Reading Catherine Malabou's Stop Thief! (ACLA 2024, March 14-17)
This seminar focuses on the recent (2022) publication of Catherine Malabou’s Au voleur!, which is slated for publication in English translation as Stop Thief! in January 2024. Contributors are invited to present 20-minute responses to Malabou’s book that consider the interdisciplinary relevance of Stop Thief! to contemporary theoretical discourse.
Famous for elaborating the philosophical stakes of plasticity, epigenesis, and metamorphosis, all of which she marshals to carve a material passage between the empirical and the transcendental, the biological and the symbolic, the natural and the artificial, the program and the promise, Malabou’s work consistently traces the “a-teleological” formation of form. Brains that change themselves, organisms that reorganize in response to environmental changes, evaluative criteria that take shape evolutionarily — all of these instances showcase the material reality of a structure’s becoming, its transformability rather than its priority, its fashioning as originary. In Stop Thief! Malabou draws from this a-teleological materiality the political consequences only hinted at in her earlier work. By showing that philosophers in the twentieth century give the name “anarchy” (an-archē) to this “a-teleology” and yet shirk from any engagement with anarchism itself, Stop Thief! probes the nature of this evasion and the life to which it gives form.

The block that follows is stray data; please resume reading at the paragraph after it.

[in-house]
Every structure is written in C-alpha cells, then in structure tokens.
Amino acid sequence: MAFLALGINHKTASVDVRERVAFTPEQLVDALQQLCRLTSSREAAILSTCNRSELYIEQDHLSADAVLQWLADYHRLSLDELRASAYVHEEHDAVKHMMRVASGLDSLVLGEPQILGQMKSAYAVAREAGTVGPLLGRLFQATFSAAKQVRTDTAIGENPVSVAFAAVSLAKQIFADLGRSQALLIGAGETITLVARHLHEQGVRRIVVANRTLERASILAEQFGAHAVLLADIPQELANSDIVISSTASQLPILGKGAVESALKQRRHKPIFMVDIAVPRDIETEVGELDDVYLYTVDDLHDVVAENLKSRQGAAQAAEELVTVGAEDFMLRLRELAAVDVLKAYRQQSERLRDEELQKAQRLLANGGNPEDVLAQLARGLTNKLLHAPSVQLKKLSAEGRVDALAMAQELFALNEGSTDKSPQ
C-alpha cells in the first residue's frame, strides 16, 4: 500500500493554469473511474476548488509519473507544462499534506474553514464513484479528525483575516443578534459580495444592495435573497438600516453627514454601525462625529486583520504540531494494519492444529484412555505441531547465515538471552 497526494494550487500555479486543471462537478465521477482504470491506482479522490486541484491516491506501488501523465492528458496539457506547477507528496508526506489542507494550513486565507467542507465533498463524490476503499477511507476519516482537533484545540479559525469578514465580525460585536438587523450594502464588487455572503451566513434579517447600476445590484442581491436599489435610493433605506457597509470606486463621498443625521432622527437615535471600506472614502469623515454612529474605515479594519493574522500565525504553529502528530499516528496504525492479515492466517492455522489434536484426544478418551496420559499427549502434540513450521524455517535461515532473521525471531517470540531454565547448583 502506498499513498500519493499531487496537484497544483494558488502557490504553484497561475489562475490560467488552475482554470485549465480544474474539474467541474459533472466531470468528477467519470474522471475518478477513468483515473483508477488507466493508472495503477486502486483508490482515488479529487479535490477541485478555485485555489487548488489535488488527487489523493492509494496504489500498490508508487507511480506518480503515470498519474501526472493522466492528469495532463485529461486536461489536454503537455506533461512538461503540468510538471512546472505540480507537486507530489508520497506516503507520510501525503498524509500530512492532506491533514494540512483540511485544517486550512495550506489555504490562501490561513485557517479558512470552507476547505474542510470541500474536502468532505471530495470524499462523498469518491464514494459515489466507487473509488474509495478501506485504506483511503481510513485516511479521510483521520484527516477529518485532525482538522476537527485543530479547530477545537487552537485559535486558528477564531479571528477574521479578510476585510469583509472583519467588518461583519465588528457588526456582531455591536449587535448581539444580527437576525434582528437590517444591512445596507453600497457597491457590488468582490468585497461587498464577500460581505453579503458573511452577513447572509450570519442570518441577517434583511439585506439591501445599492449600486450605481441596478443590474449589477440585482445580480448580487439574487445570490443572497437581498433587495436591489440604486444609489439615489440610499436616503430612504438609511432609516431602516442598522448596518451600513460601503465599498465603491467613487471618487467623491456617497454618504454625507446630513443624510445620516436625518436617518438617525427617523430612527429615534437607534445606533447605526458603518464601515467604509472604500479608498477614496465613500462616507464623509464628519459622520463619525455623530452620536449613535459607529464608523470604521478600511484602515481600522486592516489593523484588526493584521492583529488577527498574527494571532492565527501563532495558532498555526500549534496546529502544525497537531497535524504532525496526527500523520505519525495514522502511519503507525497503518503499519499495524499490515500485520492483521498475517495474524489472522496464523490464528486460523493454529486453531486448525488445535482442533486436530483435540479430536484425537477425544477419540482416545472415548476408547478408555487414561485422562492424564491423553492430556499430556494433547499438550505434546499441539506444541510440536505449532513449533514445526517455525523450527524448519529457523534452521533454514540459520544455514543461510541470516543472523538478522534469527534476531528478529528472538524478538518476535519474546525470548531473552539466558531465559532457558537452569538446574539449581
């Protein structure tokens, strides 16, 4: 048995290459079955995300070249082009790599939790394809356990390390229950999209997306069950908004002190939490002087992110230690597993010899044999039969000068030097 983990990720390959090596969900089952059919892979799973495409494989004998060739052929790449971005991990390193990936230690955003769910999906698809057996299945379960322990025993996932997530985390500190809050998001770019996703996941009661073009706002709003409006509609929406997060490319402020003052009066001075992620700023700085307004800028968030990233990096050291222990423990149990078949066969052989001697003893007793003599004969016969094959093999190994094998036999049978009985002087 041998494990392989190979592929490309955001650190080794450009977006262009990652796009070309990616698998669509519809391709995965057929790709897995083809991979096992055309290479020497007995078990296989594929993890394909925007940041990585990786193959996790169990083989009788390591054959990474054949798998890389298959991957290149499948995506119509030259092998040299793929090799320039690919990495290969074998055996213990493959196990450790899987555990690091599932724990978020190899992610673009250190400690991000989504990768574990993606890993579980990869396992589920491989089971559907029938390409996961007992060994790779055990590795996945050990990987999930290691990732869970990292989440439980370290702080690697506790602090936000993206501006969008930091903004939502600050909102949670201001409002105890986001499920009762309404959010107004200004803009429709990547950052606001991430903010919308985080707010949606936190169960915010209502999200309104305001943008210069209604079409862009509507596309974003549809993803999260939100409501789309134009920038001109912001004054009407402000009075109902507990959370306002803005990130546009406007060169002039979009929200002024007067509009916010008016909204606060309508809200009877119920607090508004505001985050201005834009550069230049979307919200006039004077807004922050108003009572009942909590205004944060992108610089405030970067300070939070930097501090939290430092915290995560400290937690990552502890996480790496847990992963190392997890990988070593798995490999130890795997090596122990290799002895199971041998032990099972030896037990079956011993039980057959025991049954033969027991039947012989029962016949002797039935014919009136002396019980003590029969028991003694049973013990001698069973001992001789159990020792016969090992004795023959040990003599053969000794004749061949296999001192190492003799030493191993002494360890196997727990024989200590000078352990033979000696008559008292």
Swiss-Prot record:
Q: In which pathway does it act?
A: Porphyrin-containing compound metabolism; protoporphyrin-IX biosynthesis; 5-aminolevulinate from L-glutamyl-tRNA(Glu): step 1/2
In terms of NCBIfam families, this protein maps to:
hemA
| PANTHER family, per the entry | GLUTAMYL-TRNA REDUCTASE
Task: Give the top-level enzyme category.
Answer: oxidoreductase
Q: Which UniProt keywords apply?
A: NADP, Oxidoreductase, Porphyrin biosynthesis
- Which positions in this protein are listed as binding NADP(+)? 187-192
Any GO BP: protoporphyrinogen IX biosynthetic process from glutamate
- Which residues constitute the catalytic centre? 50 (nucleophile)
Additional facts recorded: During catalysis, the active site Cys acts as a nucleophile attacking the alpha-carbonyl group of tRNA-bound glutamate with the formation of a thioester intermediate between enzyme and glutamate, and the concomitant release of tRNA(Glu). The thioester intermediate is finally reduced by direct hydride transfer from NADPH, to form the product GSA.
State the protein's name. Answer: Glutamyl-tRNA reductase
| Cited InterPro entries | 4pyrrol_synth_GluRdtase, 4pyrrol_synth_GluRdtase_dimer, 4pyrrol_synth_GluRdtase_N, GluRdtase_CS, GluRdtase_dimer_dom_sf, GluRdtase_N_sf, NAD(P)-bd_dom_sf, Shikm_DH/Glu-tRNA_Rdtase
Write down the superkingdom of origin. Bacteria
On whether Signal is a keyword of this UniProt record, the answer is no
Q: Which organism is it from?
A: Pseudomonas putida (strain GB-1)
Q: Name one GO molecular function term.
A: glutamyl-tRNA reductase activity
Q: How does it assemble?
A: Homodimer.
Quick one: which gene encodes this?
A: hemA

Contributors to this seminar are invited to converse with Stop Thief! from a variety of possible vantages, including but not limited to: (a) the history of political philosophy, spanning anarchism and right-wing libertarianism, (b) structuralist and post-structuralist continental philosophy, (c) contextualization with other areas of Malabou’s own oeuvre, and (d) extensions of the book’s theses to other areas of critical inquiry not addressed directly in the book. So that focus can be paid on the sites of passage and transformation that Stop Thief! invites, book reviews and summaries are discouraged.
The meeting of the American Comparative Literature Association (ACLA) will take place March 14-17, 2024 in Montreal. All seminars are expected to take place entirely in person with no online or hybrid options.
All paper proposals must be submitted through the ACLA website. The portal to submit paper proposals to this and other ACLA seminars opens September 1, 2023.
Please direct all queries to Tyler M. Williams (firstname.lastname@example.org), the seminar organizer.